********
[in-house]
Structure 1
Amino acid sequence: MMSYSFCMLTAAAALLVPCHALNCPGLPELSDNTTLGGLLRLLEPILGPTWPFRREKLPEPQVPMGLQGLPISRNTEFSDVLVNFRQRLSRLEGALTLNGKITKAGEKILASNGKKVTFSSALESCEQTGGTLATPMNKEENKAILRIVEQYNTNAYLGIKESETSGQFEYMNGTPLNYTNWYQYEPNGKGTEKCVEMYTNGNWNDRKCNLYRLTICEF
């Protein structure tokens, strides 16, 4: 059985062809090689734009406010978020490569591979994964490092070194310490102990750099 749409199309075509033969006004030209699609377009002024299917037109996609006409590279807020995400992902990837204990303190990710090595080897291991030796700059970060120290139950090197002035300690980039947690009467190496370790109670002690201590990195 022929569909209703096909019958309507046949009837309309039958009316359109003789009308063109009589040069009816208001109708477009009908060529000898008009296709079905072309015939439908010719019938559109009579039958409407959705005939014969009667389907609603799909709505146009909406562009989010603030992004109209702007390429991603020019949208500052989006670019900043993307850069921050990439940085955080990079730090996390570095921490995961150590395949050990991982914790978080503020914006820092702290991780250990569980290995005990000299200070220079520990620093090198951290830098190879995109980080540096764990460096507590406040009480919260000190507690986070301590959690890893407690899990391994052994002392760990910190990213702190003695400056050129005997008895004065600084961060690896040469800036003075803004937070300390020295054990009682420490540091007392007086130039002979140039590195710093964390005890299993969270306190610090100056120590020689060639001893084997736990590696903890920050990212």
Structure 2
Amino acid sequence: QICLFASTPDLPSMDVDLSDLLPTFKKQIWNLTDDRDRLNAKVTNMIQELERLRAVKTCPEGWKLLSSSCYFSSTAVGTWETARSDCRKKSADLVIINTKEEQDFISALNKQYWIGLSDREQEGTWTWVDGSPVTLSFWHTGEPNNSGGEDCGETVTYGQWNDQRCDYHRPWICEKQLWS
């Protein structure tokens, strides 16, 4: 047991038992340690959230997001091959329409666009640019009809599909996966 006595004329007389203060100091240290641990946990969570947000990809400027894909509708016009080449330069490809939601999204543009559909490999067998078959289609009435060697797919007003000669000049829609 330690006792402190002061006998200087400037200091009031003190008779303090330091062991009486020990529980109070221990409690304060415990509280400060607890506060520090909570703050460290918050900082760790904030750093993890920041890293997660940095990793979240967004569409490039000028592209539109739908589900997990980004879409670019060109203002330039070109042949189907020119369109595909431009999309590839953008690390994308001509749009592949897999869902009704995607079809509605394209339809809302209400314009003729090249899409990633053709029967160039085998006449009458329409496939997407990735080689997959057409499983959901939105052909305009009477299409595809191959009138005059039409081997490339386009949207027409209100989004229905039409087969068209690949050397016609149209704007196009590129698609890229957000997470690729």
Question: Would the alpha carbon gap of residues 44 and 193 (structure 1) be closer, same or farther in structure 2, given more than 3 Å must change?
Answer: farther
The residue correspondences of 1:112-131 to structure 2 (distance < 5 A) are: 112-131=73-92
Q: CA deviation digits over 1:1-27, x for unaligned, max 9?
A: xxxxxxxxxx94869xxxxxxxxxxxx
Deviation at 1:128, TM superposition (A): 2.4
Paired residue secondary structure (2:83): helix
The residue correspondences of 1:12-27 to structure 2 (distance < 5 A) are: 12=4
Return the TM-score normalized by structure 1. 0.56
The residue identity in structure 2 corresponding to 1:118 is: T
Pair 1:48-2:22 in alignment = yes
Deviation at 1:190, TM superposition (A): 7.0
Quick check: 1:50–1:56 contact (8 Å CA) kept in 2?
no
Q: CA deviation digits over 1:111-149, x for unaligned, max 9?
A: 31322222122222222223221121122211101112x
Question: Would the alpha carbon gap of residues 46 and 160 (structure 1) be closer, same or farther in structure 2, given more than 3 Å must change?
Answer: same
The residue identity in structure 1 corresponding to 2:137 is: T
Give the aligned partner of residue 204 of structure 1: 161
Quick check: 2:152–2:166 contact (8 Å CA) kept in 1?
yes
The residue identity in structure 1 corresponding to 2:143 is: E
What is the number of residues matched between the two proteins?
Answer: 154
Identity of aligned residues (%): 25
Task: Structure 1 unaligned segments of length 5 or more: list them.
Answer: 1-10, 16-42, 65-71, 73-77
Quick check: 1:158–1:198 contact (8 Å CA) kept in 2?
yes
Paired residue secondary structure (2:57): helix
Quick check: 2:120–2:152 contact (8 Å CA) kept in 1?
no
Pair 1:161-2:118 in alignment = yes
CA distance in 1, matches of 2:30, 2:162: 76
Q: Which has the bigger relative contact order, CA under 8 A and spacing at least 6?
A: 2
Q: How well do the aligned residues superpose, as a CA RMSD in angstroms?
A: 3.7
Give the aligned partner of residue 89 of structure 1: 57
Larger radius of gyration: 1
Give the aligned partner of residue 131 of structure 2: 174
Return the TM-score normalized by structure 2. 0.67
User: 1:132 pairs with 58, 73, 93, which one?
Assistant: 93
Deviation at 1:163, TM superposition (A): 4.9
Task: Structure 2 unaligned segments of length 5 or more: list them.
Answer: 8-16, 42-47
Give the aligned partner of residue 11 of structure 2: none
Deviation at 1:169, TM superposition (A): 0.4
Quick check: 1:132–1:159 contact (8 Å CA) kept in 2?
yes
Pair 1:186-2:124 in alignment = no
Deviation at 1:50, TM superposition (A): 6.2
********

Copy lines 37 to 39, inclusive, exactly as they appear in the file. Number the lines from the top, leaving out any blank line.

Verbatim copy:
yes
Paired residue secondary structure (2:57): helix
Quick check: 2:120–2:152 contact (8 Å CA) kept in 1?